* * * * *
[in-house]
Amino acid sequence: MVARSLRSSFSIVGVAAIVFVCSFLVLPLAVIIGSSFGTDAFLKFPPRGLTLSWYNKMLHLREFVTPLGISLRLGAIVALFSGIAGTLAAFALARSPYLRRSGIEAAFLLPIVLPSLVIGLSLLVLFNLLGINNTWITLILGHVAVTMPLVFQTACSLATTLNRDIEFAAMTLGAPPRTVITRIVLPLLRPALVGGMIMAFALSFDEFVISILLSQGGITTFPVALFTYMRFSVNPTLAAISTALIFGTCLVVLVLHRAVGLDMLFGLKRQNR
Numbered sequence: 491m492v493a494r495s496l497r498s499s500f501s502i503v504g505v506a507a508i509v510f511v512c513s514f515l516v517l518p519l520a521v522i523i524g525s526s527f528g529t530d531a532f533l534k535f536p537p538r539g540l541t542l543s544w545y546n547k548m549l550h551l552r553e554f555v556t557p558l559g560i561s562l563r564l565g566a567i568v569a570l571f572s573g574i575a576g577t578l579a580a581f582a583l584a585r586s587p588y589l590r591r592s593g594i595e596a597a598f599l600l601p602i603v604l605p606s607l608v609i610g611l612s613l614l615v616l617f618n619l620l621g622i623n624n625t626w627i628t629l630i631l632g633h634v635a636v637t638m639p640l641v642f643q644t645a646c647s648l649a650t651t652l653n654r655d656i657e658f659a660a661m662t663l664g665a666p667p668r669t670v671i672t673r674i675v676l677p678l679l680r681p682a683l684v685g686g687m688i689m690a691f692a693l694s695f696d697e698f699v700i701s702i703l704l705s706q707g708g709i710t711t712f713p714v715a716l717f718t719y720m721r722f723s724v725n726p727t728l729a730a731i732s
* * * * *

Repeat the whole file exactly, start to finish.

[in-house]
Amino acid sequence: MVARSLRSSFSIVGVAAIVFVCSFLVLPLAVIIGSSFGTDAFLKFPPRGLTLSWYNKMLHLREFVTPLGISLRLGAIVALFSGIAGTLAAFALARSPYLRRSGIEAAFLLPIVLPSLVIGLSLLVLFNLLGINNTWITLILGHVAVTMPLVFQTACSLATTLNRDIEFAAMTLGAPPRTVITRIVLPLLRPALVGGMIMAFALSFDEFVISILLSQGGITTFPVALFTYMRFSVNPTLAAISTALIFGTCLVVLVLHRAVGLDMLFGLKRQNR
Numbered sequence: 491m492v493a494r495s496l497r498s499s500f501s502i503v504g505v506a507a508i509v510f511v512c513s514f515l516v517l518p519l520a521v522i523i524g525s526s527f528g529t530d531a532f533l534k535f536p537p538r539g540l541t542l543s544w545y546n547k548m549l550h551l552r553e554f555v556t557p558l559g560i561s562l563r564l565g566a567i568v569a570l571f572s573g574i575a576g577t578l579a580a581f582a583l584a585r586s587p588y589l590r591r592s593g594i595e596a597a598f599l600l601p602i603v604l605p606s607l608v609i610g611l612s613l614l615v616l617f618n619l620l621g622i623n624n625t626w627i628t629l630i631l632g633h634v635a636v637t638m639p640l641v642f643q644t645a646c647s648l649a650t651t652l653n654r655d656i657e658f659a660a661m662t663l664g665a666p667p668r669t670v671i672t673r674i675v676l677p678l679l680r681p682a683l684v685g686g687m688i689m690a691f692a693l694s695f696d697e698f699v700i701s702i703l704l705s706q707g708g709i710t711t712f713p714v715a716l717f718t719y720m721r722f723s724v725n726p727t728l729a730a731i732s